I’m not a big fan of Skrillex. That’s okay, I’m not supposed to. The dude is about as popular with music journalists as skin cancer…racist skin cancer…racist skin cancer that said bad things about Tom Waits once at an Olive Garden. But lately there have been pieces in (quasi) support of the poster child for “brostep”. Daphne Carr wrote a fantastic piece about how chalky skin/cracker dreads may actually be the punkiest thing going, which you’re now reading because you clicked on the hyperlink (I’m guessing).
Skrillex is a bit weird because he is a reminder that I’m old. In my brain, dubstep hysteria is the new electronica hysteria. In the late 90s, it was The Prodigy and The Chemical Brothers that had come to destroy rock n’ roll and ultimately turn Guitar Center outlets to dust (they didn’t). Now it’s a post-hardcore refugee and his crafty bass drops sent from “popular demand” to accomplish that task (he won’t).
Dubstep hasn’t really been my thing. I enjoy some of the output (NME went on a multi-year campaign of “MAGNETIC MAN IS YOUR NEW GOD NOW”, so I’ve checked in on the genre but it hasn’t acquired much space in my iPod) and I’m not fundamentally opposed to dubstep, but it just hasn’t caught my fancy.
I checked in on Skrillex and was underwhelmed. Of course, working with The Doors gives me an immediate “oh fuck off” bristle. (The Doors have always been terrible. Knock it off, all living and dead members of that group.) I also wasn’t particularly nutty about his work on Korn’s new album, but I don’t think production is really the issue I’ve had with the quality of Korn albums. I checked out a run of Skrillex singles too. They didn’t click with me, either. Then “Bangarang” happened.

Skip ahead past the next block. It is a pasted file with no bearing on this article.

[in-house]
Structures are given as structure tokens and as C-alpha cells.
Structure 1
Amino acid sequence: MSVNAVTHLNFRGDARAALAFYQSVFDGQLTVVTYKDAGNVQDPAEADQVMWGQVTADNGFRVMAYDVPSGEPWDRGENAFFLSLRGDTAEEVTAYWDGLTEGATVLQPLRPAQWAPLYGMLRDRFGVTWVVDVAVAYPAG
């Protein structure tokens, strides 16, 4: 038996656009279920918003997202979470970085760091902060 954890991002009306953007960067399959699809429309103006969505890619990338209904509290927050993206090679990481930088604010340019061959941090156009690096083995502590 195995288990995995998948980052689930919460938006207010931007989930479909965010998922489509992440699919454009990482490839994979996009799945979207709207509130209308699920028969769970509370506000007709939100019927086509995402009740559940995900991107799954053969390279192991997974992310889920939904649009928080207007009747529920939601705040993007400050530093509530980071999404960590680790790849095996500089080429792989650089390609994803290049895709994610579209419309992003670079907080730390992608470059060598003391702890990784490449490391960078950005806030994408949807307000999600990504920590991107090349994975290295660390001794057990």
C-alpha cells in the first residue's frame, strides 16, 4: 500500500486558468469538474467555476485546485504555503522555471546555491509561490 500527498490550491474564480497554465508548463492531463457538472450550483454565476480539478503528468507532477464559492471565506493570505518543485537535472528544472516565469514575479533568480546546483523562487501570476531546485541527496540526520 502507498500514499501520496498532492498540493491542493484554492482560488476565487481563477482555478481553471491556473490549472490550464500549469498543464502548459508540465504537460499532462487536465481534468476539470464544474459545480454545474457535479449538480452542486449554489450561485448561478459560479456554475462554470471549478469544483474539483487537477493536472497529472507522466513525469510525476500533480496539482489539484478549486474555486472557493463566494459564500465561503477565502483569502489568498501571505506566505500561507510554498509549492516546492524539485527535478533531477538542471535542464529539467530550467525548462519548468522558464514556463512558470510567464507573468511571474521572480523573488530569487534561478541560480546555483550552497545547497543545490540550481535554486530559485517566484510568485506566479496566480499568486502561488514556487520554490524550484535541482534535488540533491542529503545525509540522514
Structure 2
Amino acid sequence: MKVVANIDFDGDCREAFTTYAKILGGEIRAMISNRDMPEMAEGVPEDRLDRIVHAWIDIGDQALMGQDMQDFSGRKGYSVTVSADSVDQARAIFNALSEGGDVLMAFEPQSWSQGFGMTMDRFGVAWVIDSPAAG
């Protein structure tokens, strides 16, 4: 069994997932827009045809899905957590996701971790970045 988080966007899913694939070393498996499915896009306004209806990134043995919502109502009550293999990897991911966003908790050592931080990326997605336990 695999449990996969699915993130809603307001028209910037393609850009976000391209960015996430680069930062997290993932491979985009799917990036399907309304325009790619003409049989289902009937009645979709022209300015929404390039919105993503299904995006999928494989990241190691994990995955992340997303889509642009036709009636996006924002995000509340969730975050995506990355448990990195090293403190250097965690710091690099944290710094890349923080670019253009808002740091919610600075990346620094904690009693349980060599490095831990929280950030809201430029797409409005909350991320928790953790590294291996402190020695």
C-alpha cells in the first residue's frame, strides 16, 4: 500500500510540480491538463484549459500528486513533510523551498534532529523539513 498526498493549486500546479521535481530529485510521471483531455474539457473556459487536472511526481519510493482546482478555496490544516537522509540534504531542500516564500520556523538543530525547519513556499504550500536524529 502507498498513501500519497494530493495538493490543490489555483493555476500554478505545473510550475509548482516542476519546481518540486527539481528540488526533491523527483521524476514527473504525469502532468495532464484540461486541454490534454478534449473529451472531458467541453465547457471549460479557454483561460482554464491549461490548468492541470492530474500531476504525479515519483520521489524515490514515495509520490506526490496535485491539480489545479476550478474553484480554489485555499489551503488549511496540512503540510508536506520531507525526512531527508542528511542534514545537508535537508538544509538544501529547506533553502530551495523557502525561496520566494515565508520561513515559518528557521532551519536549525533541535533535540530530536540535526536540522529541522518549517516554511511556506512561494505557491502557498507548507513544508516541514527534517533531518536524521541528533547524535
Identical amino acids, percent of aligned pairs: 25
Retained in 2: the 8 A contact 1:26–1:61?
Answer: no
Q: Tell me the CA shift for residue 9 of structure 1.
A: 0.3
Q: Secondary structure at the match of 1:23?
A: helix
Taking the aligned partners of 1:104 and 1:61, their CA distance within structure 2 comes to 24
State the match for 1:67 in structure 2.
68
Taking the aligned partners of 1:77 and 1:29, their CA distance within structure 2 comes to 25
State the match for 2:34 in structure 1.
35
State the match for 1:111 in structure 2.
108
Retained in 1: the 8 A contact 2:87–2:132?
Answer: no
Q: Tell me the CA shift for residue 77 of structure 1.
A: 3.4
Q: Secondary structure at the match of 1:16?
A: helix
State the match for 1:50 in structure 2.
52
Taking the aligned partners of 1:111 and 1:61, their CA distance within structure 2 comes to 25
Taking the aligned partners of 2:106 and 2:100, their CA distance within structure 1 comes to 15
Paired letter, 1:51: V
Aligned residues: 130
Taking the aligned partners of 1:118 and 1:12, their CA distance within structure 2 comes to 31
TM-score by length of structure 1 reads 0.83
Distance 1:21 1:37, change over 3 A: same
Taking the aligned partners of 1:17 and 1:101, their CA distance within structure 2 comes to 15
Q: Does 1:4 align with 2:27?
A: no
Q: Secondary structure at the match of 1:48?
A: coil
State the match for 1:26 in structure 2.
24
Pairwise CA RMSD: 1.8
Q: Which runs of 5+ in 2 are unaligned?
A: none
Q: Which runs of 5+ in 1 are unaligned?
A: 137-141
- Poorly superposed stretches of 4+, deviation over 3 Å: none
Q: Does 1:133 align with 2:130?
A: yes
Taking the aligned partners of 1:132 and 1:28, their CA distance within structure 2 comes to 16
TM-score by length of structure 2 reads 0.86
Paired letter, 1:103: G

“Bangarang” is the only Skrillex song I’ve enjoyed, but to me it reveals the appeal of Sonny John Moore. “Bangarang” is this thudding thrilling wall of Cherry Blaster sugardust noise. It sounds like the soundtrack to a party exclusively attended by characters from Super Street Fighter II. It’s not an intricate work rewarding the patience of the listener, it’s just music whose DNA is big, dumb and full of strobe lights. For just one track, I get it. Skrillex isn’t some sort of dance music auteur, he’s more like a scientist that’s crafted a new invention but did so by making the invention exceedingly dangerous to use. Smarter and more sophisticated electronic artists could do more drops and just be like “go go go”, but they just never bothered to do it. It’s kinda like doing that would be beneath them. Skrillex is the other way with that, he embraces the pseudo-LCD element of whipping up an audience. He taps into that with the gloriously bratty and impatient “now now now” quality of “Bangarang”.
After a half dozen listens, “Bangarang” loses its sugar high thrill. It’s a piece of music built for visceral reaction rather than studied contemplation, so I ended up feeling burnt out on it quite quickly. I tried to find that high again in Skrillex’s other stuff, but it just never happened. But for one song, I felt like I kind of got why people are into this guy. And in turn, I feel I like figured out why other folks want nothing to do with him.